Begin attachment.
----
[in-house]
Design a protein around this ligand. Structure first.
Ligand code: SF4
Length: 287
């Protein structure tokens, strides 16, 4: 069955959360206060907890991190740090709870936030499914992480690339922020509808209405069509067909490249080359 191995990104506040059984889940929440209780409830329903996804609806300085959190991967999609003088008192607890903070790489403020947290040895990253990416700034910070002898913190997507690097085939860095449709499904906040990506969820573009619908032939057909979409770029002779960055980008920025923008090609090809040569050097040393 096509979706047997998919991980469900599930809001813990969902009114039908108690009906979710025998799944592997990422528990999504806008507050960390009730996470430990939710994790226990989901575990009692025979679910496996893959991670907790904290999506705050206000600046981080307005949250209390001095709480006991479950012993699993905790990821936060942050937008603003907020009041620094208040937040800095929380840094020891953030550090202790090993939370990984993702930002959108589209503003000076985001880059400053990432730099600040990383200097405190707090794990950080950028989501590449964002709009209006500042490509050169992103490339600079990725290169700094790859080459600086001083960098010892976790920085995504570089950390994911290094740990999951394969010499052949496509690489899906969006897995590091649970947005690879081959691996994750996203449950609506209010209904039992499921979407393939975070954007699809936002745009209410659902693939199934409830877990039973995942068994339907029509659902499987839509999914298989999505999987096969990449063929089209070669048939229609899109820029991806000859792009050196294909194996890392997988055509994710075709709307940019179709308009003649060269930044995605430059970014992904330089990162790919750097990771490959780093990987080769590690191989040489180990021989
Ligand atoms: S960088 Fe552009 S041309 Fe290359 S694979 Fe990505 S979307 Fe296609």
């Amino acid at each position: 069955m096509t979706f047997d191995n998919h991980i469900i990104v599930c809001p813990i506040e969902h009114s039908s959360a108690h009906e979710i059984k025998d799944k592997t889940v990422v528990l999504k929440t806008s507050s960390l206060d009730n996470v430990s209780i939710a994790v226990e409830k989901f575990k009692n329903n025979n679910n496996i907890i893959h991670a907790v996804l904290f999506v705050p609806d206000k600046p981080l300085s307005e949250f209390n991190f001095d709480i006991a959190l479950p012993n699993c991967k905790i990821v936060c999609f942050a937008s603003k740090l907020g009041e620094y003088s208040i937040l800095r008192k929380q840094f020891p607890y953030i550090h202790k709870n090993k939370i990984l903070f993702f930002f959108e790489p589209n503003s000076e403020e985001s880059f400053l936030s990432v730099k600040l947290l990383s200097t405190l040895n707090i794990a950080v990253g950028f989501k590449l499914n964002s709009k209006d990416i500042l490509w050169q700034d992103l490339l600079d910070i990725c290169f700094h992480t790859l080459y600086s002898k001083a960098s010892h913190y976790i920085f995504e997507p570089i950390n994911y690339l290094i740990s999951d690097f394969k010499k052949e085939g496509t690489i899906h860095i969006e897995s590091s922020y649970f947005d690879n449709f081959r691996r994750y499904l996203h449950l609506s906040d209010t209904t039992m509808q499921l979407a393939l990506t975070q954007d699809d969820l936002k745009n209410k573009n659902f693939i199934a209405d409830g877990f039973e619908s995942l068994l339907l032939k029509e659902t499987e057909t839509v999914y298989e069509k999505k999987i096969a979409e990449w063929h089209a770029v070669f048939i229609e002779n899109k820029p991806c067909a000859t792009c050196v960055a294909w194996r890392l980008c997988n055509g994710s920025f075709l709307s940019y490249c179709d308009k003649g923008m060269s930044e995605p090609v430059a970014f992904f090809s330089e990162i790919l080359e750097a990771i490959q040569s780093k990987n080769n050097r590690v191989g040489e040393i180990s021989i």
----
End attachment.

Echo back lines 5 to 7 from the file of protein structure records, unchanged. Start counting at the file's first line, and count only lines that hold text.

């Protein structure tokens, strides 16, 4: 069955959360206060907890991190740090709870936030499914992480690339922020509808209405069509067909490249080359 191995990104506040059984889940929440209780409830329903996804609806300085959190991967999609003088008192607890903070790489403020947290040895990253990416700034910070002898913190997507690097085939860095449709499904906040990506969820573009619908032939057909979409770029002779960055980008920025923008090609090809040569050097040393 096509979706047997998919991980469900599930809001813990969902009114039908108690009906979710025998799944592997990422528990999504806008507050960390009730996470430990939710994790226990989901575990009692025979679910496996893959991670907790904290999506705050206000600046981080307005949250209390001095709480006991479950012993699993905790990821936060942050937008603003907020009041620094208040937040800095929380840094020891953030550090202790090993939370990984993702930002959108589209503003000076985001880059400053990432730099600040990383200097405190707090794990950080950028989501590449964002709009209006500042490509050169992103490339600079990725290169700094790859080459600086001083960098010892976790920085995504570089950390994911290094740990999951394969010499052949496509690489899906969006897995590091649970947005690879081959691996994750996203449950609506209010209904039992499921979407393939975070954007699809936002745009209410659902693939199934409830877990039973995942068994339907029509659902499987839509999914298989999505999987096969990449063929089209070669048939229609899109820029991806000859792009050196294909194996890392997988055509994710075709709307940019179709308009003649060269930044995605430059970014992904330089990162790919750097990771490959780093990987080769590690191989040489180990021989
Ligand atoms: S960088 Fe552009 S041309 Fe290359 S694979 Fe990505 S979307 Fe296609």
């Amino acid at each position: 069955m096509t979706f047997d191995n998919h991980i469900i990104v599930c809001p813990i506040e969902h009114s039908s959360a108690h009906e979710i059984k025998d799944k592997t889940v990422v528990l999504k929440t806008s507050s960390l206060d009730n996470v430990s209780i939710a994790v226990e409830k989901f575990k009692n329903n025979n679910n496996i907890i893959h991670a907790v996804l904290f999506v705050p609806d206000k600046p981080l300085s307005e949250f209390n991190f001095d709480i006991a959190l479950p012993n699993c991967k905790i990821v936060c999609f942050a937008s603003k740090l907020g009041e620094y003088s208040i937040l800095r008192k929380q840094f020891p607890y953030i550090h202790k709870n090993k939370i990984l903070f993702f930002f959108e790489p589209n503003s000076e403020e985001s880059f400053l936030s990432v730099k600040l947290l990383s200097t405190l040895n707090i794990a950080v990253g950028f989501k590449l499914n964002s709009k209006d990416i500042l490509w050169q700034d992103l490339l600079d910070i990725c290169f700094h992480t790859l080459y600086s002898k001083a960098s010892h913190y976790i920085f995504e997507p570089i950390n994911y690339l290094i740990s999951d690097f394969k010499k052949e085939g496509t690489i899906h860095i969006e897995s590091s922020y649970f947005d690879n449709f081959r691996r994750y499904l996203h449950l609506s906040d209010t209904t039992m509808q499921l979407a393939l990506t975070q954007d699809d969820l936002k745009n209410k573009n659902f693939i199934a209405d409830g877990f039973e619908s995942l068994l339907l032939k029509e659902t499987e057909t839509v999914y298989e069509k999505k999987i096969a979409e990449w063929h089209a770029v070669f048939i229609e002779n899109k820029p991806c067909a000859t792009c050196v960055a294909w194996r890392l980008c997988n055509g994710s920025f075709l709307s940019y490249c179709d308009k003649g923008m060269s930044e995605p090609v430059a970014f992904f090809s330089e990162i790919l080359e750097a990771i490959q040569s780093k990987n080769n050097r590690v191989g040489e040393i180990s021989i």